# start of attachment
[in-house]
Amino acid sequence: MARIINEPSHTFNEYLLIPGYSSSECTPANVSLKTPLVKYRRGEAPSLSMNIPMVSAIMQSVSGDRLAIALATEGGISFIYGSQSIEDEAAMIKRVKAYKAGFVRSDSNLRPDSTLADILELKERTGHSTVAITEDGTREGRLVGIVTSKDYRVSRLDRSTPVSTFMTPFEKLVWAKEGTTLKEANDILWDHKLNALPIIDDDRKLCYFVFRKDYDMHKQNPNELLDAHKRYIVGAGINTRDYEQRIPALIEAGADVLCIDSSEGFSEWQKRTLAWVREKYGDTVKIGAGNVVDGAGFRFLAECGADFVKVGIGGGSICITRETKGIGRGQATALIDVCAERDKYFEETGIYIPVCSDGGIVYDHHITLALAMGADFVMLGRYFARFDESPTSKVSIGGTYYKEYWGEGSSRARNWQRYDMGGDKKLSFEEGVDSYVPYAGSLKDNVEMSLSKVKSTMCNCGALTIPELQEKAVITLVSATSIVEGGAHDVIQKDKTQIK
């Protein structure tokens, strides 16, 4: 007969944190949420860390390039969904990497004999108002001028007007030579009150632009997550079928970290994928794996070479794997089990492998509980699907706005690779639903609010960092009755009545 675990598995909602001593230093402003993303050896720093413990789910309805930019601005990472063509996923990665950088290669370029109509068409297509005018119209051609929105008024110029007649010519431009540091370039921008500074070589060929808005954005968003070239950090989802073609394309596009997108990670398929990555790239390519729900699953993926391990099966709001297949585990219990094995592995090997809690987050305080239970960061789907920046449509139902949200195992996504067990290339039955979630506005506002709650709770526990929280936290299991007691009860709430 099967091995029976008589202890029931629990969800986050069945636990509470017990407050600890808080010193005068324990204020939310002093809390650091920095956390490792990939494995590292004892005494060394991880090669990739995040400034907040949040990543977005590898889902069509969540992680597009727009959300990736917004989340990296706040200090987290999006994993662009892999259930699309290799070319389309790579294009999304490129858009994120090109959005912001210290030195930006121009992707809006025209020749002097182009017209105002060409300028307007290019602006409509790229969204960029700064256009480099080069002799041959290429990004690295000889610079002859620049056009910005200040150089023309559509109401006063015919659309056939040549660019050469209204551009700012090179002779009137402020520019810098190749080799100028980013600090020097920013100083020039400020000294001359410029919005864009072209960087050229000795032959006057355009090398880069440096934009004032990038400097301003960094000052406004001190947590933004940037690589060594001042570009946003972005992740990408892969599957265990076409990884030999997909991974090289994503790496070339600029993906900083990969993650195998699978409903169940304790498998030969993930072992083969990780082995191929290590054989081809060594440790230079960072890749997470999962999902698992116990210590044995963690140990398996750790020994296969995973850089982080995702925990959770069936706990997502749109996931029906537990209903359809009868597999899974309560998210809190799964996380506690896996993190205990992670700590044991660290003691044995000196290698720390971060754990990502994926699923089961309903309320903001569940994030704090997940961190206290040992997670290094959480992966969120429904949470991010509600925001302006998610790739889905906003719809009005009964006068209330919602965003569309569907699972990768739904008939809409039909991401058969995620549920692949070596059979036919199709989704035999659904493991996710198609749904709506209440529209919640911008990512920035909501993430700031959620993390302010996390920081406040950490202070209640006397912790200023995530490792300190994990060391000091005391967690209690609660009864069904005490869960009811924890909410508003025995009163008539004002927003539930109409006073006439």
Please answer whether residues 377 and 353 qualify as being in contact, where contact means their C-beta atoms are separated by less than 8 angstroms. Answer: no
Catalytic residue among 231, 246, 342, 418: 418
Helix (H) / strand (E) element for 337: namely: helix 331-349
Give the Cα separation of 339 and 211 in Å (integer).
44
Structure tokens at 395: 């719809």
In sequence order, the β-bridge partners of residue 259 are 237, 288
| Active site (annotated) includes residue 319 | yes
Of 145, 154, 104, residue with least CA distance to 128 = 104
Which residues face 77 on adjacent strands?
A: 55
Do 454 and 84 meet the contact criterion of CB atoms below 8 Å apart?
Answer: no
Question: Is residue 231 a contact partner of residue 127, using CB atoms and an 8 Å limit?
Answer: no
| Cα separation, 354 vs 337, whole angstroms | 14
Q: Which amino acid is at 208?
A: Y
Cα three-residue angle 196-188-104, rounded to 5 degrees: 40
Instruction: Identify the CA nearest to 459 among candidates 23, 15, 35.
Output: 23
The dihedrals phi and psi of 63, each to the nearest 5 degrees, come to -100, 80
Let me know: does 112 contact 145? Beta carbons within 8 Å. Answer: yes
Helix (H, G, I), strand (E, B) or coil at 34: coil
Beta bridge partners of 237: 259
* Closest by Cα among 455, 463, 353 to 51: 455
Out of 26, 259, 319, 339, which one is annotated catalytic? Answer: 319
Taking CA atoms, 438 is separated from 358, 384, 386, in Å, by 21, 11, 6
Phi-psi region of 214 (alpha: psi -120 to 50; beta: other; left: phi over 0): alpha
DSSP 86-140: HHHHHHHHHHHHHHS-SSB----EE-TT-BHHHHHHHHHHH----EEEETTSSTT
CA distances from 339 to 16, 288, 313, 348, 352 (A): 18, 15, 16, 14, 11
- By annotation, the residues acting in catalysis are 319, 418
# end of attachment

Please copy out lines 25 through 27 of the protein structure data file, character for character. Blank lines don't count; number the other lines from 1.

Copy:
The dihedrals phi and psi of 63, each to the nearest 5 degrees, come to -100, 80
Let me know: does 112 contact 145? Beta carbons within 8 Å. Answer: yes
Helix (H, G, I), strand (E, B) or coil at 34: coil